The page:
I was singing the praises of London buses last week without realising that it was the “Year of the Bus”.
Transport for London (TFL) are celebrating several bus-related anniversaries in 2014.
It is 60 years since the creation of the iconic Routemaster bus and 75 years since the launch of the RT-Type bus. It is also 100 years since the world’s first mass-produced motor bus, the B-Type ‘Battle Bus’, was taken from the streets of London to be used in the First World War.
Within days of the declaration of hostilities in August 1914, the British government began requisitioning buses from the London General Omnibus Company (LGOC) and other bus companies. By October 1914 over 300 buses had been pressed into military service; by the end of the war over 1,000 buses were in use on the front as troop carriers, ambulances and gun carriages. Their red LGOC livery had been covered over with grey or khaki paint.
One B-Type bus is being restored to full working order by the London Transport Museum, and will be seen at various anniversary events.
Now some travel advice for 21st century bus passengers in London.
There has been a strike at London Underground this week, so passengers have been diverted from the tube on to buses instead. The photo above shows a modern vehicle, but you may also find yourself on an older Routemaster bus this week, as captured by the excellent Leftover London blog (click here to see today’s photo of the Routemaster).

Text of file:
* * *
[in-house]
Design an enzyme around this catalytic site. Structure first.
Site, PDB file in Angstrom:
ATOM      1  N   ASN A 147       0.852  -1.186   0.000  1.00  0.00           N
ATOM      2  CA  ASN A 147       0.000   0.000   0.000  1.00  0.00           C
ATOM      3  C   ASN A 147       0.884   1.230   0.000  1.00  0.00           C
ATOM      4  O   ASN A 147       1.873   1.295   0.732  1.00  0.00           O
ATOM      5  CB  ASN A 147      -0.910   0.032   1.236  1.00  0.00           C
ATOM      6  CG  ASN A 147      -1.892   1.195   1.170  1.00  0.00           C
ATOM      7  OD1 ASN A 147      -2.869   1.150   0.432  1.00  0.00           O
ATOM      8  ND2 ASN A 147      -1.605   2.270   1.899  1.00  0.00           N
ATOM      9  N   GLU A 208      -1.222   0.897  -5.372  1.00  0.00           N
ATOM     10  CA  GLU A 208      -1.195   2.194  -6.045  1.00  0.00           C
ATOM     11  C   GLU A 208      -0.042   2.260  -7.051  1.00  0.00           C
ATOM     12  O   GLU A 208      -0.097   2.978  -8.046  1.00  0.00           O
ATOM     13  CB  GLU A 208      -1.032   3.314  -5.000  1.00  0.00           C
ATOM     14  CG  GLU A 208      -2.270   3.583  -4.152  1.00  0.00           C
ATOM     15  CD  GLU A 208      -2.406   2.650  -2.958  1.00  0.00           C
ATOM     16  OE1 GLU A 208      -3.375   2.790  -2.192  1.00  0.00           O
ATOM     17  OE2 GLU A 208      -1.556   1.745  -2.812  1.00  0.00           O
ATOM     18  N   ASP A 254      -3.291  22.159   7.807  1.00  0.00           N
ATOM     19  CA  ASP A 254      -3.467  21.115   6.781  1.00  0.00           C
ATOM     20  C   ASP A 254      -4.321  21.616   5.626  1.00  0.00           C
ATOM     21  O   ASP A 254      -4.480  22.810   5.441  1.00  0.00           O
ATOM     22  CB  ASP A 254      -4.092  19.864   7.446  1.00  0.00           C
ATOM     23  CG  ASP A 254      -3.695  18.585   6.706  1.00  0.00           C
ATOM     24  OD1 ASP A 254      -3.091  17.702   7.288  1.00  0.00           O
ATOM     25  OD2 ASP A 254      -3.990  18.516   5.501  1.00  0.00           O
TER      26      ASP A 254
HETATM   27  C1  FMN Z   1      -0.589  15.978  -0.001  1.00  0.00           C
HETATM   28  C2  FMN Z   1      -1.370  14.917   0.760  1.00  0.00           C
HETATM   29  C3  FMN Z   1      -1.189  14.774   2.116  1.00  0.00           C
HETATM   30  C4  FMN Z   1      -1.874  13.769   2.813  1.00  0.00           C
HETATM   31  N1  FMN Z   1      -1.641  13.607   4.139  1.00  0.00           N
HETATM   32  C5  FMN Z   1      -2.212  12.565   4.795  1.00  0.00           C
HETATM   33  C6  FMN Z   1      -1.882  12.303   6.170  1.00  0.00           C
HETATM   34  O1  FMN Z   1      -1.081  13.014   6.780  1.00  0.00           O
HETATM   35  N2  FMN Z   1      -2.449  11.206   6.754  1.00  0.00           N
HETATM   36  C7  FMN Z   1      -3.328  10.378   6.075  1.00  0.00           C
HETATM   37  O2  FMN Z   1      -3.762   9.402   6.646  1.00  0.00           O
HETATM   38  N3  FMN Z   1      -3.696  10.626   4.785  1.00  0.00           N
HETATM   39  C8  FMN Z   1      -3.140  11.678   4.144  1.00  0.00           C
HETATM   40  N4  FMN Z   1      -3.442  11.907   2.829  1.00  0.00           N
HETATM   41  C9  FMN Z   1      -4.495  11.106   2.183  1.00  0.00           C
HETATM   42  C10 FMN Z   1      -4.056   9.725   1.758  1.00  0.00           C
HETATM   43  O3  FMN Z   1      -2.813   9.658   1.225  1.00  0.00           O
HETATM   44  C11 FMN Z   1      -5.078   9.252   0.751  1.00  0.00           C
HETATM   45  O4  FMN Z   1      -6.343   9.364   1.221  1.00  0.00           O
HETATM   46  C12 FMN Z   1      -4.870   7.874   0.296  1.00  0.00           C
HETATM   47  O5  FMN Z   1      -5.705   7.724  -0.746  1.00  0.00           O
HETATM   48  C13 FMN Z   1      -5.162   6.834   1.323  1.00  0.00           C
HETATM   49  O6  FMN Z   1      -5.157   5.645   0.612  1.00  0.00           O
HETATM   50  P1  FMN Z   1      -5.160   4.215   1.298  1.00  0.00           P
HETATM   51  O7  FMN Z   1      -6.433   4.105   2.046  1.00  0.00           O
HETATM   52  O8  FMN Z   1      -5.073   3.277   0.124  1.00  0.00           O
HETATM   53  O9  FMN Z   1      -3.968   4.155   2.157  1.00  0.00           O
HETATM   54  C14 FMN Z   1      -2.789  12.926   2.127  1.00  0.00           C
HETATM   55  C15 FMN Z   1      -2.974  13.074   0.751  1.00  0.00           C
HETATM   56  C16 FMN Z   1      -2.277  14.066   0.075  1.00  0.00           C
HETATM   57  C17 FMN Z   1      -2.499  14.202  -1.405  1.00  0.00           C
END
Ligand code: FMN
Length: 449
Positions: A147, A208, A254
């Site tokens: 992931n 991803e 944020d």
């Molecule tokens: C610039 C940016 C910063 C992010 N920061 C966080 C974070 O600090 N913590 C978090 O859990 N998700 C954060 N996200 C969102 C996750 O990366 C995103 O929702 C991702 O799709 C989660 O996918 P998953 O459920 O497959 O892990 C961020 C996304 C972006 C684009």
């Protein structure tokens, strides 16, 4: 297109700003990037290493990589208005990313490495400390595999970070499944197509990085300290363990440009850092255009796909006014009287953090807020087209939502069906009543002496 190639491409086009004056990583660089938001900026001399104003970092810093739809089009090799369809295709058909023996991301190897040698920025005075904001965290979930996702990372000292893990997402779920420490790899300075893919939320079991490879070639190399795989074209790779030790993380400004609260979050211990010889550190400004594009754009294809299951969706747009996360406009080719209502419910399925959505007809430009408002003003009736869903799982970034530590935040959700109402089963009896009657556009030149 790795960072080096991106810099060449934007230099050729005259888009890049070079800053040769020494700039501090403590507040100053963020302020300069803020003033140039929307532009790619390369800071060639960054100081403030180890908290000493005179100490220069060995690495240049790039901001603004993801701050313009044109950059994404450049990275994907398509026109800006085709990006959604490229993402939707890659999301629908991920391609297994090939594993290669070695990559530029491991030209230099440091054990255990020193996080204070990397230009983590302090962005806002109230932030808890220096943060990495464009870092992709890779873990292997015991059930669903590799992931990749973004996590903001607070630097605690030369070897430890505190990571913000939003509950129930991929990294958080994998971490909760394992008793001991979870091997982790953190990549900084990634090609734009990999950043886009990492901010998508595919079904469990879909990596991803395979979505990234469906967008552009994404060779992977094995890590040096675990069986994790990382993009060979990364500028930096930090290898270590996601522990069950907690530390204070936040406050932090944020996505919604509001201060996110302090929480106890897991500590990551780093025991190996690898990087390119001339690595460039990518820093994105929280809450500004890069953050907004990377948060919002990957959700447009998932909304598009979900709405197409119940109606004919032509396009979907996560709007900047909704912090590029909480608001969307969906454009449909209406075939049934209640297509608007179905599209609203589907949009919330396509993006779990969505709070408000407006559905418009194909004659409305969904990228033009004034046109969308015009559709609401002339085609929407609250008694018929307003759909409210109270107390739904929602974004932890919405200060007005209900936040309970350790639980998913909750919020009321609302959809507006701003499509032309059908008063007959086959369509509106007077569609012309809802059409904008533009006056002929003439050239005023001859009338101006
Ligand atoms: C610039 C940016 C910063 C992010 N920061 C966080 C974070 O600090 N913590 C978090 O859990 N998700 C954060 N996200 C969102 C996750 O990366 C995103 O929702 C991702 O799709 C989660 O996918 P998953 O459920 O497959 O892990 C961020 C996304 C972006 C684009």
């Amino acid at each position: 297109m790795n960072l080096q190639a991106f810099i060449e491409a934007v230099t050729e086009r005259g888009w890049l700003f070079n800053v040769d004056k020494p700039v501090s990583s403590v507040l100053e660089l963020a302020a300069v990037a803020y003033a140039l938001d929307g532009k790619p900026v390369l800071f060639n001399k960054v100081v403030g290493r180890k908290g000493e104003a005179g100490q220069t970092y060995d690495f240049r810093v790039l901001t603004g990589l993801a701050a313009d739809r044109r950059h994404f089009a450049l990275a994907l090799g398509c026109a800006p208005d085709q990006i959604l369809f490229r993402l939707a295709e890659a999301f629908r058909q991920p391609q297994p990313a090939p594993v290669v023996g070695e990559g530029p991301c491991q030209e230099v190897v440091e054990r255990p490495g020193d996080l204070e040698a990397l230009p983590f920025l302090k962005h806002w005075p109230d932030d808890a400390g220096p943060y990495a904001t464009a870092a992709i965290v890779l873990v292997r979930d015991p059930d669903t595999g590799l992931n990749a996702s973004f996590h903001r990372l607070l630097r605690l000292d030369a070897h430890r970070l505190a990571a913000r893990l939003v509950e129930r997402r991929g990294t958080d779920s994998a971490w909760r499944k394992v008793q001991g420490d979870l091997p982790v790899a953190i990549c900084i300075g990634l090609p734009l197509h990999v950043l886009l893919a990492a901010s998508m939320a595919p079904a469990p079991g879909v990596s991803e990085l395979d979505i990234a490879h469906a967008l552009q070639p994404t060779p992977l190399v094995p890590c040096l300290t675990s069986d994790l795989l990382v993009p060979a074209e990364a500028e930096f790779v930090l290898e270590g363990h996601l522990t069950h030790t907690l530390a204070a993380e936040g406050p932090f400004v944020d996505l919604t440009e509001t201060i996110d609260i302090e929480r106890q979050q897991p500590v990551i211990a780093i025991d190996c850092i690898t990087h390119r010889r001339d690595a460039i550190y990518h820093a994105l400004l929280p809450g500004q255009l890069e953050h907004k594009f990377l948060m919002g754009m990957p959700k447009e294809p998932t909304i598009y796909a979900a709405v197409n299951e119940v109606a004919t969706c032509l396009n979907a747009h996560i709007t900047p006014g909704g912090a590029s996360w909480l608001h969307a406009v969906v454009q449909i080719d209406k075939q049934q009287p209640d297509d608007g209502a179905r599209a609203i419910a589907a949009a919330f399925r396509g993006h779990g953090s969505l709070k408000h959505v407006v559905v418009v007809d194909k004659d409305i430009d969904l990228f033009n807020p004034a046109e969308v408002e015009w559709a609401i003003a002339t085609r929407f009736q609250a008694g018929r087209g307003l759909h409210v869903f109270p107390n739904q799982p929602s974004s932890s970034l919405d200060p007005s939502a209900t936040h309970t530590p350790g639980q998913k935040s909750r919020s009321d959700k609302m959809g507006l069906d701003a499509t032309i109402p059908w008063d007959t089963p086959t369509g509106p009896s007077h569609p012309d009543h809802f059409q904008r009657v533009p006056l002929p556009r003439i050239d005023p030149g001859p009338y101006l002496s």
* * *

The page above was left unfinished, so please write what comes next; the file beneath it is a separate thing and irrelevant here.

Even with the tube out of action, do look at the traffic conditions before you decide to take a bus. Does the road look like this?
Or like this?
After the strike, Marylebone will continue to suffer some disruption. If you are travelling to Bond Street tube station, and you come to Distant Drumlin for travel news – which seems a bit unlikely – this is what you need to know.
Right now, Central line trains are not stopping at Bond Street.
At the end of June the Central Line comes back, but we lose the Jubilee Line.
In December both lines serve Bond Street again, but the station operates on an exit-only basis until the end of 2014.
The disruption should be worth it in the end, for a bigger station and an interchange with the new Crossrail line in 2018. But who knows where I will be living in 2018?!